Sep 6, 2015

2000 N.L. Champion Mets Pitching Coach: Dave Wallace (1998-2000)

David William Wallace was born on September 7th, 1947 in Waterbury Connecticut.

The five foot ten right hander attended the University of New Haven getting signed by the Philadelphia Phillies in 1969. Wallace would spend twelve seasons in the minor leagues going 48-37 overall with a 4.11 ERA in 360 appearances. He made brief appearances in three seasons at the major league level.

In 1973 he appeared in four games for the last place 71-91 Philadelphia Phillies posting no record. In 1974 he had three May appearances & took a loss to the San Diego Padres on May 7th, the only decision of his career. In 1978 he appeared in four games with the Toronto Blue Jays after signing there as a free agent. Wallace retired in 1979 working as the Los Angeles Dodgers organization at A ball Vero Beach (1981-1982) San Antonio (1983) & AAA Albuquerque (1984-1986). While at Albuquerque he returned to pitch four games in 1984 earning a win in four appearances.

In 1986 at age 39 he pitched another four games there as well. From there he became the Dodgers big league pitching coach in 1995 reaming there for two seasons, making the playoff both times, although they were defeated in the first round both times. During his Dodger career he is credited in developing the careers of such pitchers as: Pedro Martínez, Ramón Martínez, Pedro Astacio, Darren Dreifort, Hideo Nomo, Chan Ho Park, Ismael Valdéz and John Wetteland.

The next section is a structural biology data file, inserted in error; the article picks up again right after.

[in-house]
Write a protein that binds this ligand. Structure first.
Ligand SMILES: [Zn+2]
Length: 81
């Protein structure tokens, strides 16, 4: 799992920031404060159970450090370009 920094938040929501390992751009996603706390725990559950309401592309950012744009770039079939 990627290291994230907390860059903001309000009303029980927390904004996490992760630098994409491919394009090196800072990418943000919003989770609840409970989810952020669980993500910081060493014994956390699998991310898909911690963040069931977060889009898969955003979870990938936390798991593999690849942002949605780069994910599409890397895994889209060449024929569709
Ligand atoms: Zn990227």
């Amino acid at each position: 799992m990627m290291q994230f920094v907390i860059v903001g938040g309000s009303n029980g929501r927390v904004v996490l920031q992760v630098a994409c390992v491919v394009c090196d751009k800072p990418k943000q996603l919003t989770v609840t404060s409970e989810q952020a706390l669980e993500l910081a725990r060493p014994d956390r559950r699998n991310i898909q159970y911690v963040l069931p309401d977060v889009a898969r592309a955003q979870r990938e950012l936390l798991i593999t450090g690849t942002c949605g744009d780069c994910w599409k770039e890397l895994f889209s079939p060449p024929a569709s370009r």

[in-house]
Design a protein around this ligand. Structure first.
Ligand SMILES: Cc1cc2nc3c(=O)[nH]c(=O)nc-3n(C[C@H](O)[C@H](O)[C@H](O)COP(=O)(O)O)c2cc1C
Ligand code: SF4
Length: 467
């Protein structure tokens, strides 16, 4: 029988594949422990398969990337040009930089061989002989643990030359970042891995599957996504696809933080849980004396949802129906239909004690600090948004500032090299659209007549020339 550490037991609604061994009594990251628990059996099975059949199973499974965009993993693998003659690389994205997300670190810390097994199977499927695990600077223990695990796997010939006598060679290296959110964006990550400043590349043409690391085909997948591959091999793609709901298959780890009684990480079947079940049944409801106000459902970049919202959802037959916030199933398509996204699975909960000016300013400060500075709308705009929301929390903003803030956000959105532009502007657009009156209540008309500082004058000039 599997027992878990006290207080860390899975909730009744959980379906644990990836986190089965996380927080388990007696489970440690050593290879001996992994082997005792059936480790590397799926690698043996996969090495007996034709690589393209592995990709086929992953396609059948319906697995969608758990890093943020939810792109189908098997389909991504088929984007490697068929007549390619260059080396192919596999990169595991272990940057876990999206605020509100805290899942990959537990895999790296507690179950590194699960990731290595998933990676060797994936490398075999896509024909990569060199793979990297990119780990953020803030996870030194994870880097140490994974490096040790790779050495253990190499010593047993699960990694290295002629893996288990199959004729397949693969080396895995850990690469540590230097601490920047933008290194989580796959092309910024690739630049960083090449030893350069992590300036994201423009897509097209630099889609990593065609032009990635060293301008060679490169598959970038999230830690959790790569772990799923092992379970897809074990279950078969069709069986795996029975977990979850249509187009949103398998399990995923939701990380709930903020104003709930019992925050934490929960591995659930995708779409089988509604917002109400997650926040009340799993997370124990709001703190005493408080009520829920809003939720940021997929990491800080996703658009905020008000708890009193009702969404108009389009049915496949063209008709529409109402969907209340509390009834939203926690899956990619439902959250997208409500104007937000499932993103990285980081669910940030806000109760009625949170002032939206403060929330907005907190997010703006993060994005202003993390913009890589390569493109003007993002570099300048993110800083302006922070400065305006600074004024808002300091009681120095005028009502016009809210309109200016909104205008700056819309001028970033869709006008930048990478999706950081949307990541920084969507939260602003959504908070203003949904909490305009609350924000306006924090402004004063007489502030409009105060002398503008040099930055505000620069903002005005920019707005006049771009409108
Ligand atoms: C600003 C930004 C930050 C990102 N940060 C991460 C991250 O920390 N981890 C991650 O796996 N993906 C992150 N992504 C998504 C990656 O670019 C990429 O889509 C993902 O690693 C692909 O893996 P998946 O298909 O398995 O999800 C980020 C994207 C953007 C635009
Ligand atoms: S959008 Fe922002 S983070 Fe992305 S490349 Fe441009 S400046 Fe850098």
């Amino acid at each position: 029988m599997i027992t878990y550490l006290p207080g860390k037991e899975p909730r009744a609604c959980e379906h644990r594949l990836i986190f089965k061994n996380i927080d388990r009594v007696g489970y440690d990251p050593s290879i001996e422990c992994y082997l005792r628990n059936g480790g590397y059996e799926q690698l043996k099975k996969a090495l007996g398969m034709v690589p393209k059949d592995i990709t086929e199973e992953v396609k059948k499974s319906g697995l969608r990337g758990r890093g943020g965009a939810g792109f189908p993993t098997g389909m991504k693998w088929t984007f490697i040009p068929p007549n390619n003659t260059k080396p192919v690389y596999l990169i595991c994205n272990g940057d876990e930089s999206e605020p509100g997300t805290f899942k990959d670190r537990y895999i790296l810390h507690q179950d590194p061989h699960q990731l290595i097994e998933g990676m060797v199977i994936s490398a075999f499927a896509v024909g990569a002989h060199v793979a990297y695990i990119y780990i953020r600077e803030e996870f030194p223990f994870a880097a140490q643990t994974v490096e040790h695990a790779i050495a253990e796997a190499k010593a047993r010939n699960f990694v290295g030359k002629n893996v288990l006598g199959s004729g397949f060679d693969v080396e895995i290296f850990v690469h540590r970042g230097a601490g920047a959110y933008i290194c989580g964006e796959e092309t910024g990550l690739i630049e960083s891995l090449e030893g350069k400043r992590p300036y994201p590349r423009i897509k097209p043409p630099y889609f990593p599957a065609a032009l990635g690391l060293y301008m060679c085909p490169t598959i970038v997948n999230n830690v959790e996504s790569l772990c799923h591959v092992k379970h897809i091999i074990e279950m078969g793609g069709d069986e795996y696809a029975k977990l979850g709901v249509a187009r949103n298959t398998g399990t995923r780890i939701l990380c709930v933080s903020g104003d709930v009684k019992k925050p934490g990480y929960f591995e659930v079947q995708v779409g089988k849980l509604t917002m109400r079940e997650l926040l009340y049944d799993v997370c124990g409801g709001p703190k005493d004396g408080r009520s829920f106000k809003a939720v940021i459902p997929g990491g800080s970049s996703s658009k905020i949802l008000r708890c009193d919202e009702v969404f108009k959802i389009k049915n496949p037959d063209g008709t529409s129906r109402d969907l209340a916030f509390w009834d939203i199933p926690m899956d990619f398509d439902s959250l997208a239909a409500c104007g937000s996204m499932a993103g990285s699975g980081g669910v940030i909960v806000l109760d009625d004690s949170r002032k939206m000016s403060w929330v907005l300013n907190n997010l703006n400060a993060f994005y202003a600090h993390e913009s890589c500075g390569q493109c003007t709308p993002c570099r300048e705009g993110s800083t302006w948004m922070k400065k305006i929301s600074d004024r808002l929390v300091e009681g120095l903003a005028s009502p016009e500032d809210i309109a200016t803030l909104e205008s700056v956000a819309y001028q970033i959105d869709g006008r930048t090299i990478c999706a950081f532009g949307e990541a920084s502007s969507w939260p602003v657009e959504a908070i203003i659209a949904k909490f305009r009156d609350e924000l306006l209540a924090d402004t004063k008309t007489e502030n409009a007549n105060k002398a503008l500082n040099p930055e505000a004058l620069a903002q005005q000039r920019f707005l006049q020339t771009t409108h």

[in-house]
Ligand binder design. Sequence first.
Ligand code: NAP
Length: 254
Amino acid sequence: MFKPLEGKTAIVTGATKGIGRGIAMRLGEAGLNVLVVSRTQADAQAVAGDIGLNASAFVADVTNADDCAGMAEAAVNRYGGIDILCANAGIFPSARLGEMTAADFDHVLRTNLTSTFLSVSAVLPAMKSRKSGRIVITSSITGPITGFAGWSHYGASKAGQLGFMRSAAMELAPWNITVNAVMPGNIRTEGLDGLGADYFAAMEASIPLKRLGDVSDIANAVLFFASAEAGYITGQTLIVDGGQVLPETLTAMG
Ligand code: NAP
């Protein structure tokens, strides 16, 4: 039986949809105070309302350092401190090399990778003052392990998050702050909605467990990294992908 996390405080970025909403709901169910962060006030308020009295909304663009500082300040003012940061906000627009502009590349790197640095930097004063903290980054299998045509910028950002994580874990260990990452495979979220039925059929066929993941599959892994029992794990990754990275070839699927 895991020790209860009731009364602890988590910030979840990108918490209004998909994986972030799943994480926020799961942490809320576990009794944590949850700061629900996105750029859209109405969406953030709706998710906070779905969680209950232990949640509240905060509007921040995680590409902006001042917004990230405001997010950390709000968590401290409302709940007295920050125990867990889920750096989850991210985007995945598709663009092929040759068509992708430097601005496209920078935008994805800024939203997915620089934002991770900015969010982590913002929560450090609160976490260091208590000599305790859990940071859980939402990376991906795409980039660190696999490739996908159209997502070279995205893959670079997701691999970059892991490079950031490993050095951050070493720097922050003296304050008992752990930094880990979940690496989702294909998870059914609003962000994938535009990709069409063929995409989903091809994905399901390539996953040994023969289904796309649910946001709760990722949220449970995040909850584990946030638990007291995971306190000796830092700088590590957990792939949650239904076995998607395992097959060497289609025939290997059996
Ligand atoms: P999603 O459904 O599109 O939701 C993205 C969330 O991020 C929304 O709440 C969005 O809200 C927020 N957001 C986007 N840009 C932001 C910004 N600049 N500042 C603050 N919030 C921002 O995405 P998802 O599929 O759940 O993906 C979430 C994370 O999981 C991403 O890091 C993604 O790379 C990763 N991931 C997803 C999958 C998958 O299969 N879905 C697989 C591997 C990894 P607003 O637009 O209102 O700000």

In 1998 Wallace became special assistant to the New York Mets GM Steve Phillips. In 1999 he became the pitching coach under Bobby Valentine replacing Bob Apodaca. That season Wallace's staff finished third in the NL with 97 wins, ranked second saves (49) fourth in strike outs (1172) fifth in ERA (4.27) & shut outs (3).

The staff was led by 13 game winners, Al Leiter & Wallace's early protege' from his Dodger days Orel Hershiser, now a veteran. Masato Yoshi was a 12 game winner & Rick Reed an 11 game winner. That year the Mets went 97-66 winning the NL Wild Card title & advancing to the NLCS.

In 2000 the Mets won their second straight Wild Card title going 94-68, getting to the playoffs in consecutive years for the first time in their history. Wallace's staff finished fourth in wins (94) second in strike outs (1164) & saves (49).

The Mets were third in ERA (4.16) shut outs (2) as well as in hits, HRs & walks. The staff was led by 16 game winner Al Leiter & new comer 15 game winner Mike Hampton. Hampton was 2-0 in the NLCS against the St. Louis Cardinals, pitching 16 innings of shutout ball. Rick Reed, Glendon Rusch & Bobby Jones all won 11 games each as the Mets advanced all the way to World Series.

In 2001 Wallace briefly became the Dodgers interim General Manager during a time of transition. By 2003 he took over the pitching coach role of the Boston Red Sox and won a World Series there in 2004, the tams first since 1918.

In 2004 he needed a hip replacement, two years later he suffered an infection from the surgery & almost died. He he missed half the season & left the club at the end of the year, but fully recovered from the infection. He moved on the Houston Astros (2007) & then Seattle Mariners as a special assistant (2008).

Wallace moved on the Atlanta Braves in 2009 as a minor league pitching coordinator, he replaced Roger McDowell as an interim pitching coach of the Braves in April 2011 when McDowell was on administrative leave for inappropriate comments to fans in San Francisco.

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